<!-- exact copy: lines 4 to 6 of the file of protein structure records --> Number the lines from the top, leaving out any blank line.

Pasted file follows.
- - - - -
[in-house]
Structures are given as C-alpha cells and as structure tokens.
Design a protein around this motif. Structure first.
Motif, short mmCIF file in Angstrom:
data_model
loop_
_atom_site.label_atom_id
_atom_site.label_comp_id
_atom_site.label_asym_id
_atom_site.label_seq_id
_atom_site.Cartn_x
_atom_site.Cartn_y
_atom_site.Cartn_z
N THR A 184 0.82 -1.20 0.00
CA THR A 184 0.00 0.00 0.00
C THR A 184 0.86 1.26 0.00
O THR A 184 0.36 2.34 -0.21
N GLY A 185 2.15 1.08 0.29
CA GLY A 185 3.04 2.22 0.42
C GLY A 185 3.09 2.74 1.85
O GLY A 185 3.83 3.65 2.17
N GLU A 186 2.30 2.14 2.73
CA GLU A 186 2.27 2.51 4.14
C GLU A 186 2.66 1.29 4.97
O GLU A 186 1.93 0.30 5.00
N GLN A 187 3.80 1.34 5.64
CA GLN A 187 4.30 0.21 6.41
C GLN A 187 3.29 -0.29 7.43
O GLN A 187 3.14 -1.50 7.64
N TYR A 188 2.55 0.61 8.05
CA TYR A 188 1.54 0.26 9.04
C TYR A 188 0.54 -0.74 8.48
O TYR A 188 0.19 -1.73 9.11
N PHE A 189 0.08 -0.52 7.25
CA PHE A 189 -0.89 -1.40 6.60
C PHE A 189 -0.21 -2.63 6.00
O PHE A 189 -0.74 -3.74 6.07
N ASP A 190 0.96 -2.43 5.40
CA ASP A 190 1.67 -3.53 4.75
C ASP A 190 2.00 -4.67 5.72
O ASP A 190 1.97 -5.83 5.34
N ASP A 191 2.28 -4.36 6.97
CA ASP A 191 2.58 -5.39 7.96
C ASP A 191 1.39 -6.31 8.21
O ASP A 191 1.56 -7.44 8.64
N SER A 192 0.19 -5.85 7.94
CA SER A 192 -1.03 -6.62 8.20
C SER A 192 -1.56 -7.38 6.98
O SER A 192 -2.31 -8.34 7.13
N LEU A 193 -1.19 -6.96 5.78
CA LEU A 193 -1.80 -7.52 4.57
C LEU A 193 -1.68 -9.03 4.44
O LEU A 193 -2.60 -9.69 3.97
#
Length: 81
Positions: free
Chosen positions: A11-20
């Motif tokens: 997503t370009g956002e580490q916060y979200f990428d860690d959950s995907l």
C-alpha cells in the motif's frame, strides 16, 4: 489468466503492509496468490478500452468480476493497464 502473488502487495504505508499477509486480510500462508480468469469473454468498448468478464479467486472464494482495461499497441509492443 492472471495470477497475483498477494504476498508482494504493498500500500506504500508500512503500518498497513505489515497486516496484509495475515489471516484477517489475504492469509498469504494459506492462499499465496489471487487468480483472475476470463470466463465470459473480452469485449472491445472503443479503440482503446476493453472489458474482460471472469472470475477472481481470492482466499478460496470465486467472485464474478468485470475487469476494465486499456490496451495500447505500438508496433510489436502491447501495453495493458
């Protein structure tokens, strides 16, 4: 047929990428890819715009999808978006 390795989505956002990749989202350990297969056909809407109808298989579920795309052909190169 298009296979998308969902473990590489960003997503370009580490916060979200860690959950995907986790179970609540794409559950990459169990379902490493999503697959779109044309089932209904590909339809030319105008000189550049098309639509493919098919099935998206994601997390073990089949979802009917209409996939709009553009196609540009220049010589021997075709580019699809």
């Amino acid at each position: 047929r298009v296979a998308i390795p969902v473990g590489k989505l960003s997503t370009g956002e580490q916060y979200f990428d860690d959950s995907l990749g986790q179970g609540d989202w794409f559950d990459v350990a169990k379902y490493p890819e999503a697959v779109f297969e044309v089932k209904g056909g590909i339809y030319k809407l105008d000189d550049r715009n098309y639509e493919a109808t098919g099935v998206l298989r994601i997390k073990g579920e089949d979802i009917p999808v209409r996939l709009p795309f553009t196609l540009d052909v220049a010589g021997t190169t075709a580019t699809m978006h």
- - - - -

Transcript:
Motif, short mmCIF file in Angstrom:
data_model
loop_